Tuesday, December 15, 2009

Open, Sesame!

My newfound love of sesame continues. This is a variation of the beanless zucchini hummus I recently learned to make, the main ingredient besides the zucchini being raw sesame butter/tahini (the kind with just the ground seeds and not other ingredients). This time I substituted part of the olive oil with some dashes of sesame oil and hot chili oil, and added black pepper and flax seeds before blending them with the few other ingredients, namely lemon juice and garlic.

This recipe is so easy, it literally takes two minutes to make, and it's easy to have something completely raw that eats like a meal, depending on what you use to dip it with. Any raw veggie works well for dipping...tonight I had cauliflower. I topped it with chili flakes and after taking the pictures above (bad lighting, sorry), also topped it with more sesame seeds. Why I love them so much right now I do not know, but who cares? They're wonderful!

Some like it!
Then I made another really quick raw goodie...and again with the sesame seeds. I can't say these are completely raw, though...the seeds are the toasted kind. But the banana and the sunflower nut butter are raw...that's all there is to it. Top the slices of banana with the nut butter (preferably raw) and dip to coat with sesame seeds. SO good :)

As you can see, I am really suffering through this raw eating experience ;-) Green smoothies chock full of whatever dark leafy greens I want to put in there, topped off with frozen blueberries and a couple of bananas and blended to a cold thick pourable milkshake consistency, are split between Jack and myself. A small portion of fish or lean meat, if desired, with some raw veggies in different variations such as the zuke hummus shown here, or some gorgeous emerald spinach tossed for a few seconds with just-cooked salmon and eaten up. Any fruit out-of-hand, or a fruity smoothie ice cold for a sweet tooth.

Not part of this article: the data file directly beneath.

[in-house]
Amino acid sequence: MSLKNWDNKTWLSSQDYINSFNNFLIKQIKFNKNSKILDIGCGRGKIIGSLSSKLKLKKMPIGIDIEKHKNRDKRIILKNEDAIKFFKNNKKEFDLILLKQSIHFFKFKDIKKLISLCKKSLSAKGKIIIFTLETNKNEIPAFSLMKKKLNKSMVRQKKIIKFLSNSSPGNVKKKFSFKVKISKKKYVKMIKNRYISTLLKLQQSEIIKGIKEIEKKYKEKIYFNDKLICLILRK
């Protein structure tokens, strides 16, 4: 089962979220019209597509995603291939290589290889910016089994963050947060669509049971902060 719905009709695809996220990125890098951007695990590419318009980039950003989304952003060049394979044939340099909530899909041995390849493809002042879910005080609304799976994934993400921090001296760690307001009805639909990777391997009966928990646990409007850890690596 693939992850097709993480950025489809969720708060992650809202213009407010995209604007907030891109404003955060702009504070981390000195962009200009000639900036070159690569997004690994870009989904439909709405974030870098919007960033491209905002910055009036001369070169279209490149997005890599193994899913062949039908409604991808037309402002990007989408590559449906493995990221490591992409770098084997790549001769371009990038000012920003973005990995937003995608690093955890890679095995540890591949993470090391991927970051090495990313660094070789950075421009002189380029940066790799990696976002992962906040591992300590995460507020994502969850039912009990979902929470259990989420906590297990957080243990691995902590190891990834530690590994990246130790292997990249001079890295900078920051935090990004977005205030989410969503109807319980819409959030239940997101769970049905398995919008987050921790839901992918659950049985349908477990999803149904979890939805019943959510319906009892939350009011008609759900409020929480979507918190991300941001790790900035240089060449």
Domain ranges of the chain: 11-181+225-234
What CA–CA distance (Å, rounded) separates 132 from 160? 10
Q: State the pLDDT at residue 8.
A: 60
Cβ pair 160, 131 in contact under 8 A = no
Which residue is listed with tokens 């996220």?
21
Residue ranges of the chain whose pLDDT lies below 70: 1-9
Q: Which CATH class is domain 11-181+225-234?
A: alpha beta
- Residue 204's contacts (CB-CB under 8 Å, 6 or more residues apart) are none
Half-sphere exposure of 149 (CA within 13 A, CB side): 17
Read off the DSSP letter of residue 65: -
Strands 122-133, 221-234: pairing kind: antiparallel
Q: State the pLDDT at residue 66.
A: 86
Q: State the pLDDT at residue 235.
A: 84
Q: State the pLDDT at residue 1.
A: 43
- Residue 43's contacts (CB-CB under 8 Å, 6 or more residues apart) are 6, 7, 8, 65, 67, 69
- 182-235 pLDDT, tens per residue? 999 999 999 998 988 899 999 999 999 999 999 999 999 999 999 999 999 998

Or seedy things, like these banana bites.
we're suffering ;-)
P.S. I'm feeling very, very good these days. I hope you're all safe and happy during these holidays. Eat well, and hug the ones you love. And invite in others to the comfort of home. It's a better gift than anything storebought.
Blessings to you and yours!

Monday, December 14, 2009

Raw Pumpkin Sushi Rolls

OK, I know I just lost the Deep South and Interior Farms portion of the readership with that title :) Who knew I love sushi rolls? I was very resistant for years until one day a friend decided to treat me to some (back then it more of a dare). It was unfamiliar territory, and I prefer salmon or avocado as the main ingredient inside mine. Old hat to most folks, but it was all new to me. I'm sort of a few decades behind whatever the current rage is...

But the kicker for me was tastebuds fell head over heels with the combination of wasabi (for the uninitiated, it's a powerful Asian horseradish that can't adequately be described beyond "green," "potent," and "WOW") and soy sauce..mixed together and into which edibles all wrapped in substantial bites of rice (sometimes), a dry crisp seaweed sheet, and maybe rolled further in sesame seeds...are dipped. Into the sauce. Till they soak some of it up.

And your mouth goes POW. And then repeat.
Well, if it's an acquired taste, it didn't take me long to acquire it. Oh. My. Gosh...I love wasabi. I must have brain explosions of happy chemicals as a result of eating it, and it may be the closest substance in my life I probably need a 12 step program to address (heh heh) It's also about the only time I eat soy sauce, since I avoid most other soy like the plague. But anyway...